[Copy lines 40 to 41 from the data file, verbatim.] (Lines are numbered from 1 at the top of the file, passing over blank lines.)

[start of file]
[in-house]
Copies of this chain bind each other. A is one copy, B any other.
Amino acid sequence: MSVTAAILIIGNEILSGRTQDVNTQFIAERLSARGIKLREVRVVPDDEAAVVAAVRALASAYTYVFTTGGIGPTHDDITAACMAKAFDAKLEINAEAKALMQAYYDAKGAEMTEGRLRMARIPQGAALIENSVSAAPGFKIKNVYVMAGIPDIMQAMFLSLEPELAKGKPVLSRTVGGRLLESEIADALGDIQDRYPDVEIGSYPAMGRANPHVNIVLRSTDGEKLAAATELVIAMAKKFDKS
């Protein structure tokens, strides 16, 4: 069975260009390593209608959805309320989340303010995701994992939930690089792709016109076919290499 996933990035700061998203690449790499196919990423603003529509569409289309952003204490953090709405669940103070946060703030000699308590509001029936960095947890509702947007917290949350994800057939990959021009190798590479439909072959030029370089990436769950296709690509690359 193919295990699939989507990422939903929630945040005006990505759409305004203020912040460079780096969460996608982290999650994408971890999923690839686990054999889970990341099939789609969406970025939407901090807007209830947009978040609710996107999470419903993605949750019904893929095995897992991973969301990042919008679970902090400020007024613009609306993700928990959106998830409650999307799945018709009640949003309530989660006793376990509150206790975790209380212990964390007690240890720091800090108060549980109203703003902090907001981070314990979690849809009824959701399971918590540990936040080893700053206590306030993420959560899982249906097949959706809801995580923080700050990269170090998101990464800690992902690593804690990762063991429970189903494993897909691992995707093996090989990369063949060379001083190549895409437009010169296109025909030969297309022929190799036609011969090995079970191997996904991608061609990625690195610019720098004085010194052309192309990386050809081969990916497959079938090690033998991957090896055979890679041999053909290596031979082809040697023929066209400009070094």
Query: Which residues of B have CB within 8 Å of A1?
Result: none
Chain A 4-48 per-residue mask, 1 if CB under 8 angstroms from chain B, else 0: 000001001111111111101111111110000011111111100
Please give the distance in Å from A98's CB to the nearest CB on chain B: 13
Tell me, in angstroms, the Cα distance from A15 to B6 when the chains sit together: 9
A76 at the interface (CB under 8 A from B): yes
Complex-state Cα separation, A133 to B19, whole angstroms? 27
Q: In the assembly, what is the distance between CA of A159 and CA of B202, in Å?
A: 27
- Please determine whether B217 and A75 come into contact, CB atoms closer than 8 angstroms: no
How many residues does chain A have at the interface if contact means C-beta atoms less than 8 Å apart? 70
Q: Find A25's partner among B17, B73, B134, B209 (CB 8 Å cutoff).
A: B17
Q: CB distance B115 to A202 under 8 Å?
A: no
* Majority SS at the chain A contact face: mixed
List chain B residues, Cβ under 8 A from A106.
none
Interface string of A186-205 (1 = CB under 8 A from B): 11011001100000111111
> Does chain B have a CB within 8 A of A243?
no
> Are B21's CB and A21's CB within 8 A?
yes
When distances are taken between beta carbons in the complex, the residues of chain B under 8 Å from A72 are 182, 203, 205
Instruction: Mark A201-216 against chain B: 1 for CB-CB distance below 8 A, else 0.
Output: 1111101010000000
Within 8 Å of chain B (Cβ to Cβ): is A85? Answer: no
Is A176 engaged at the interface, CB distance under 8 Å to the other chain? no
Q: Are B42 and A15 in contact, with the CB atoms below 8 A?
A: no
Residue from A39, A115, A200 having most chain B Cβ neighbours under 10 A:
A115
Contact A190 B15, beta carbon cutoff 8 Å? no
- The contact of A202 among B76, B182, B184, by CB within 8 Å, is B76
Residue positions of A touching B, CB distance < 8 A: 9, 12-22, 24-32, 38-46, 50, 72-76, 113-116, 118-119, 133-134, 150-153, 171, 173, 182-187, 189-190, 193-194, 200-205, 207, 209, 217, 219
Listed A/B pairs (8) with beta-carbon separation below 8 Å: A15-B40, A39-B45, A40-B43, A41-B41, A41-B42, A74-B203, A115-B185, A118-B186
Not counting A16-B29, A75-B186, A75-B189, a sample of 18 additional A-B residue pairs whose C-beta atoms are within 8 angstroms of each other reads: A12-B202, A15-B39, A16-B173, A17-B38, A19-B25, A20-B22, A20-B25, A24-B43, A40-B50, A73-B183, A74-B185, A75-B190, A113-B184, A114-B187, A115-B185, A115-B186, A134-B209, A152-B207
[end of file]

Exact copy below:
Listed A/B pairs (8) with beta-carbon separation below 8 Å: A15-B40, A39-B45, A40-B43, A41-B41, A41-B42, A74-B203, A115-B185, A118-B186
Not counting A16-B29, A75-B186, A75-B189, a sample of 18 additional A-B residue pairs whose C-beta atoms are within 8 angstroms of each other reads: A12-B202, A15-B39, A16-B173, A17-B38, A19-B25, A20-B22, A20-B25, A24-B43, A40-B50, A73-B183, A74-B185, A75-B190, A113-B184, A114-B187, A115-B185, A115-B186, A134-B209, A152-B207